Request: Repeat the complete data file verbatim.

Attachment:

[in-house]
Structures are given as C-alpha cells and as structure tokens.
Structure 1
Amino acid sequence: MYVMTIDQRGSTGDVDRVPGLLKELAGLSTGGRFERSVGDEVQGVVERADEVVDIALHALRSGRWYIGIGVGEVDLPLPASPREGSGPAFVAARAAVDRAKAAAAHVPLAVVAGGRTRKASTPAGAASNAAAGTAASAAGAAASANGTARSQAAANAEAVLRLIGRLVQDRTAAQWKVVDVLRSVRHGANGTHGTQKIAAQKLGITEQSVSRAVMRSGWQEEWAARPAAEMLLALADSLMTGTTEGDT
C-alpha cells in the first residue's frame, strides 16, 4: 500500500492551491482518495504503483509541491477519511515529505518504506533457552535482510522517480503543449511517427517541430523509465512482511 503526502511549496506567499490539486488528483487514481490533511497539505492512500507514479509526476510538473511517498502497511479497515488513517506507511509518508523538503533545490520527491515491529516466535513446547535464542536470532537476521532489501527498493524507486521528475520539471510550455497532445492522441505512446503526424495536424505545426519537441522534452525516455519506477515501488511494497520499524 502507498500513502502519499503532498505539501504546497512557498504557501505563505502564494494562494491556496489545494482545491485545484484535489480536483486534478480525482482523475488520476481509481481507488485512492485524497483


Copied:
[in-house]
Structures are given as C-alpha cells and as structure tokens.
Structure 1
Amino acid sequence: MYVMTIDQRGSTGDVDRVPGLLKELAGLSTGGRFERSVGDEVQGVVERADEVVDIALHALRSGRWYIGIGVGEVDLPLPASPREGSGPAFVAARAAVDRAKAAAAHVPLAVVAGGRTRKASTPAGAASNAAAGTAASAAGAAASANGTARSQAAANAEAVLRLIGRLVQDRTAAQWKVVDVLRSVRHGANGTHGTQKIAAQKLGITEQSVSRAVMRSGWQEEWAARPAAEMLLALADSLMTGTTEGDT
C-alpha cells in the first residue's frame, strides 16, 4: 500500500492551491482518495504503483509541491477519511515529505518504506533457552535482510522517480503543449511517427517541430523509465512482511 503526502511549496506567499490539486488528483487514481490533511497539505492512500507514479509526476510538473511517498502497511479497515488513517506507511509518508523538503533545490520527491515491529516466535513446547535464542536470532537476521532489501527498493524507486521528475520539471510550455497532445492522441505512446503526424495536424505545426519537441522534452525516455519506477515501488511494497520499524 502507498500513502502519499503532498505539501504546497512557498504557501505563505502564494494562494491556496489545494482545491485545484484535489480536483486534478480525482482523475488520476481509481481507488485512492485524497483